We Need Anthropologists Everywhere—Especially in AI

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I never imagined working in STEM with a humanities degree, but it actually prepared me for an amazing career

By Lorlei Boyd ’23

One year ago, I entered the job market with a humanities degree. This was never the plan—until my senior year, I thought for sure I was en route to my PhD. Humanities were for academia, right?

I was hungry to join the workforce, only I didn’t know how.

I wish the world were kinder to non-STEM majors. I had internalized self-doubt—a conviction that corporate America belonged to the engineers, that humanistic and research skills were inferior.

Lorlei Boyd

Now I lead applied AI software development at Gray Decision Intelligence, a provider of academic program evaluation software to higher education institutions.

The truth is that these skills transfer.

What’s the catch? The humanities don’t teach you the technical details—rather, they give you a toolbox. Your skillset offers an aggressive competency to research anything and everything and distill that dizzying volume of information into a thoughtful final product.

What you know going into a project almost doesn’t matter. When you’re trained in the humanities, your job is to think through incommensurable problems. What’s more complex than human nature?

My point is that the humanities prepared me for a biztech career in STEM—not something I would’ve anticipated a few years ago.

The humanities don’t teach you the technical details—rather, they give you a toolbox.

This is my story, and I hope it encourages more folks studying the humanities to join STEM careers.

I often say I studied anthropology. The more esoteric name for my field is Science and Technology Studies (STS)—not well known, but burgeoning with success in uniting STEM with the great thinkers of the humanities.

As an interdisciplinary field, STS encourages students to think about the rational world of STEM from a contradictory angle: the irrationality of human nature.

You start to see the world differently through STS. Truth becomes something only perceived through the imperfect lens of our human existence. Our biases layer into the practice of STEM and influence our ideas of “fact.”

What is technology, then, if not the codification of our biases into realized inventions?

Lorlei Boyd on the Cornell campus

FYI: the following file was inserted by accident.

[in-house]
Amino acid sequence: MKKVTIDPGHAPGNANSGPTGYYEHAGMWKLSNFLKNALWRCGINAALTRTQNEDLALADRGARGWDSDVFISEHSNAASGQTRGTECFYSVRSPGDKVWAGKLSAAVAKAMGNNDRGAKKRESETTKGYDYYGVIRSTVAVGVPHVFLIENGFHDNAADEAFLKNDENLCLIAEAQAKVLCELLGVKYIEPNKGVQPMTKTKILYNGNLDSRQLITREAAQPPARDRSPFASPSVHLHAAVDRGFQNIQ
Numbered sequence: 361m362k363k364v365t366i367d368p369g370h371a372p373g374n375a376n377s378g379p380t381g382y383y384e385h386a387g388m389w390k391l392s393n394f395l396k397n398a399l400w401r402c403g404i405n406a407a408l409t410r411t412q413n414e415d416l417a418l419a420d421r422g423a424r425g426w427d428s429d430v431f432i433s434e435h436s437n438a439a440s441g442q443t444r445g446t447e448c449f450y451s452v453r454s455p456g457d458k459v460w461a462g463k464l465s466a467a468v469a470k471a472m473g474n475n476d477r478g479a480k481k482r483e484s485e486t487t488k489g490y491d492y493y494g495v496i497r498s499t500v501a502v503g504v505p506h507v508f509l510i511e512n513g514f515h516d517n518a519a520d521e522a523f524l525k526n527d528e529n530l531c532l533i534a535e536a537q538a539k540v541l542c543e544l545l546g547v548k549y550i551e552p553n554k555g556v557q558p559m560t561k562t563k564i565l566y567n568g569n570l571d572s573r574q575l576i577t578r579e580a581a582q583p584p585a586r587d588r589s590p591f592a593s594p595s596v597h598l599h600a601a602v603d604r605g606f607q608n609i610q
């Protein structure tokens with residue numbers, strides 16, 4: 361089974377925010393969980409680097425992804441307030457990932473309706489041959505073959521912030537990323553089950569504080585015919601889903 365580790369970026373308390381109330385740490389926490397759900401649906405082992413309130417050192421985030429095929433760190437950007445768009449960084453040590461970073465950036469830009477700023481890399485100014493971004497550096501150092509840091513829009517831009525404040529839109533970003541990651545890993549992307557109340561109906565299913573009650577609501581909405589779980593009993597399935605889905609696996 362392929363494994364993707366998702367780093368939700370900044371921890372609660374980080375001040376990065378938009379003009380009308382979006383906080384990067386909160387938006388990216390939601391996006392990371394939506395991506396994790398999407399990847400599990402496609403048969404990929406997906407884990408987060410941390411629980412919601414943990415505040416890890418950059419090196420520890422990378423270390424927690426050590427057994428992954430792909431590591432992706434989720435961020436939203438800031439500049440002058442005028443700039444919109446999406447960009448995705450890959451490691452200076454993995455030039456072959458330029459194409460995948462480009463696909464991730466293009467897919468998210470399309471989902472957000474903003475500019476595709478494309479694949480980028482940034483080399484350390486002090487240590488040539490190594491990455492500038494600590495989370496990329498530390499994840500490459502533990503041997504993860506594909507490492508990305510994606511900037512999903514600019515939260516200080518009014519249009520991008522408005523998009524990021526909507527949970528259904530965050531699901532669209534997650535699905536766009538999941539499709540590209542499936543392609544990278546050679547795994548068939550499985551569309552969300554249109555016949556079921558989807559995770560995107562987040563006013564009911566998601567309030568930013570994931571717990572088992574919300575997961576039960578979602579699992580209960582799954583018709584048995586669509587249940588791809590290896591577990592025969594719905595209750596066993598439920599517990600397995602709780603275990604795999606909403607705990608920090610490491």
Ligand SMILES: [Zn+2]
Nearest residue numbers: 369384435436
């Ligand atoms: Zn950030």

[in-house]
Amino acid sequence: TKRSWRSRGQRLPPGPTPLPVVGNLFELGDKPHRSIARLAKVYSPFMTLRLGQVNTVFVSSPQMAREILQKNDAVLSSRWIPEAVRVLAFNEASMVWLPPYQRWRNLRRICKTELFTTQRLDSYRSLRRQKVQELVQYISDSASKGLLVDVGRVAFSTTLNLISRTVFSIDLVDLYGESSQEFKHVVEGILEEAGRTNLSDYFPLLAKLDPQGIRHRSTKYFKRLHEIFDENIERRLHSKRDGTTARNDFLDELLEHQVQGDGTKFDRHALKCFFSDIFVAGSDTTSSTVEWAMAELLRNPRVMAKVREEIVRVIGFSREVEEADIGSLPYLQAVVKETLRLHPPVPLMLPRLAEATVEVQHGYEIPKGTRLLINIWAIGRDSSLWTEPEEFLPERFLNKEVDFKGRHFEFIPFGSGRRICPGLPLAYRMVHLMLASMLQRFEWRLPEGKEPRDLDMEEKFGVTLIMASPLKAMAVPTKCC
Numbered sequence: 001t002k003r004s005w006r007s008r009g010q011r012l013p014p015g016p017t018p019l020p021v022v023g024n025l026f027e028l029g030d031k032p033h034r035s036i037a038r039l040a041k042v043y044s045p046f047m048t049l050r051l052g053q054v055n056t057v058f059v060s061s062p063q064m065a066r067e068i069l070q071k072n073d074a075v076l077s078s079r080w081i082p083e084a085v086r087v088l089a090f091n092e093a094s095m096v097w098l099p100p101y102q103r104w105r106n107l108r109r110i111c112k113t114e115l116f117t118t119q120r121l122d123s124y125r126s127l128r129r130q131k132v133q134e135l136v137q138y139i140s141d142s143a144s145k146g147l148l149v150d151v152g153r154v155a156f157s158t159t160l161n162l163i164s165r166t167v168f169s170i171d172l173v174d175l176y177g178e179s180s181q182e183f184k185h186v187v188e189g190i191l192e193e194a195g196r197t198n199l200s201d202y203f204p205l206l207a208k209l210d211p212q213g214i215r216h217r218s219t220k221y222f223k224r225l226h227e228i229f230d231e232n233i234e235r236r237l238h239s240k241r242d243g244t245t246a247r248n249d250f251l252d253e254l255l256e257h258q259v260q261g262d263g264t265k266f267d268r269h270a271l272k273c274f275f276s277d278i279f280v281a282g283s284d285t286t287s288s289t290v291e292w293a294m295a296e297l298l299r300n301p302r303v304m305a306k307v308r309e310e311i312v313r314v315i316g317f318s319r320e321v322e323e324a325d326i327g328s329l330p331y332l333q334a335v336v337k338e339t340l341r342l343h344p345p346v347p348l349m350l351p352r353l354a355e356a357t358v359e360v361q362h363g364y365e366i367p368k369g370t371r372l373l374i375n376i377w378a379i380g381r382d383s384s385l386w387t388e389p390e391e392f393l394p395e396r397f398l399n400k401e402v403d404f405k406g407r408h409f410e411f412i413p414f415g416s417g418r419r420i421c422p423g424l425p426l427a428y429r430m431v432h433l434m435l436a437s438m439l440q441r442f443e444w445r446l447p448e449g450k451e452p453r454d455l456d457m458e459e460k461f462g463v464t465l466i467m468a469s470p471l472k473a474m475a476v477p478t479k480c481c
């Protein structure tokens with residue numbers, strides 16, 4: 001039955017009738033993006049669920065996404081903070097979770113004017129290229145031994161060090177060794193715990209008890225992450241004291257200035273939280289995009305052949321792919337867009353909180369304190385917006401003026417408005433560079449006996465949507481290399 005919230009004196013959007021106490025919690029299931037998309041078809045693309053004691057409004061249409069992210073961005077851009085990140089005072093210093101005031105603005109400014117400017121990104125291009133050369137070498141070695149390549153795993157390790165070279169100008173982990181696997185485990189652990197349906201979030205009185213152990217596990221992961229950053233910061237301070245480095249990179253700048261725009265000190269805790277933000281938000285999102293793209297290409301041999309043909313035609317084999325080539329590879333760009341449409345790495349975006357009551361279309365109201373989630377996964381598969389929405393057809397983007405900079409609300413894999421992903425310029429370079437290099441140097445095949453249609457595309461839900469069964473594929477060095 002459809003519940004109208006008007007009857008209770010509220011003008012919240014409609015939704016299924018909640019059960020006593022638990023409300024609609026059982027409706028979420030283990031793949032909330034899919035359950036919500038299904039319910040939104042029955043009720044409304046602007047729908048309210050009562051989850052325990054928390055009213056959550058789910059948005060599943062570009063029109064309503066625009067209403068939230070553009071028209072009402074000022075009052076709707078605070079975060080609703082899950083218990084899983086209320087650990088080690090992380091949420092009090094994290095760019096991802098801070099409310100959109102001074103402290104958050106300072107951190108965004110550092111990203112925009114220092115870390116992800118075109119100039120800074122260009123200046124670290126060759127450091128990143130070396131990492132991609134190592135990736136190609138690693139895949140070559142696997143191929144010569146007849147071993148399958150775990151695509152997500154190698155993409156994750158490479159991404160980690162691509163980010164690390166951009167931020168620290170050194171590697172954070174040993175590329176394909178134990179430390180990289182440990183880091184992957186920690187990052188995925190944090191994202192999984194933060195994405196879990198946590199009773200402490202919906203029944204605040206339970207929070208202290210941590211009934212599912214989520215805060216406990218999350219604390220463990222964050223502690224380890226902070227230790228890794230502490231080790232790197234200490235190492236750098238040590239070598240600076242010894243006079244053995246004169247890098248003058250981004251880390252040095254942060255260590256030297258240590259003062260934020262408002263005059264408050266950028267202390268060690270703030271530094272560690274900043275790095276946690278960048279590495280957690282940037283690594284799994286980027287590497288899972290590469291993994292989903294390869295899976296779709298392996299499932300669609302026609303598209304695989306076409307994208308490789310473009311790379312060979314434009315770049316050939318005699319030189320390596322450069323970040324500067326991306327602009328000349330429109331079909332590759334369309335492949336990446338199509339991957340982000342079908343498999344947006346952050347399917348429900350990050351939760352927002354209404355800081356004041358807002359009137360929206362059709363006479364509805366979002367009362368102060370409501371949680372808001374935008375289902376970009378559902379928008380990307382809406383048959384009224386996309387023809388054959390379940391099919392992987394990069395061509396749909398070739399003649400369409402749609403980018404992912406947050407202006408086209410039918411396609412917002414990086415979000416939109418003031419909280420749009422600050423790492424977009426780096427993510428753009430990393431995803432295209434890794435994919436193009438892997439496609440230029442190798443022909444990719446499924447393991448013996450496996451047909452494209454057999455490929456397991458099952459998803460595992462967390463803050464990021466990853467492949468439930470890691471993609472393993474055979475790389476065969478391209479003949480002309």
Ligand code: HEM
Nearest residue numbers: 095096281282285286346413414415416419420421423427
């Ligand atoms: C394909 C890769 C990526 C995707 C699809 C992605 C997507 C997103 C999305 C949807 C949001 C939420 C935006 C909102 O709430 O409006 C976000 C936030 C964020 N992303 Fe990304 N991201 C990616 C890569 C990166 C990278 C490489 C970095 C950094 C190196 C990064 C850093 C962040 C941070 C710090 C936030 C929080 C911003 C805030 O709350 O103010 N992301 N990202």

The author on the Slope.

This is to say that STEM is human by nature. Thereby, you can study the products of STEM like you would humans, and you definitely don’t need a CS degree to do it.

Take AI. ChatGPT, Gemini, Llama, and all of the large language models coming into our lives are the epitome of STS, with the very essence of human nature reflected in their training sets. They are born of human nature.

I studied these language models and their embodiment of human nature in my honors thesis, “Talking to Robots: Exploring Emotional Connection in Human-Robot Relationships with the Chatbot Replika.” The essay was non-technical, yet it instilled in me an incredible depth of understanding with AI.

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Shortly after submitting my thesis, my current employer hired me as an analyst—a client-facing data consultant. But it wasn’t long until my passion for AI took over my job. I began prototyping an app to turn our data into written reports using tools like ChatGPT.

What is technology, then, if not the codification of our biases into realized inventions?

Six months after starting, my title changed to developer. From then on, I became something of an AI anthropologist.

I studied AI like a natural philosopher from the 18th century. I kept a journal for my notes, packed with trial after trial of experimentation.

At first, the AI’s behavior was unfathomable. Swapping the most innocuous word could completely alter the results. Slowly, the journal filled with incremental successes to understand this beast.

A common phrase for this process is “prompt engineering,” or making sure your instructions to the AI produce the best results.

But “prompt engineering” just doesn’t do it justice. Engineering is far more rational than this endeavor. Wrangling large language models takes the stubborn tenacity of an anthropologist to persist in the face of the absurd complexity of these systems.

I studied AI like a natural philosopher from the 18th century.

On top of wrangling the AI, I also had to learn how to put it in an app. This was when my work with AI became software development, so that other people could access my work via a tool on the internet.

I had never made an app before! At first, it seemed impossible. I wasn’t a CS major. I didn’t understand GitHub. (But who does?)

Remember when I said the humanities give you an aggressive competency to research anything and everything? Use it for moments like this. Building an app is nothing more than a big research project.

It’s not so intimidating, even as a novice, when you’re used to stepping into an ocean of books and journals to string together something coherent for your anthropology professor.

Understanding what “enough” knowledge is for the task requires the same skillset of resourcefulness and clever restraint.

Soon enough, you’ll have a fully functional, deployed app with AI!

At the end of the day, this is not to say STEM majors are worth any less. Rather, I hope to lift up my fellow humanities majors. You, too, are incredibly skilled and will bring unique gifts to your workplace. Trust your education.

Arts & Sciences alum Lorlei Boyd ’23 enjoys video games, learning Japanese, and outdoor sports.

(All photos provided.)

Published May 9, 2024


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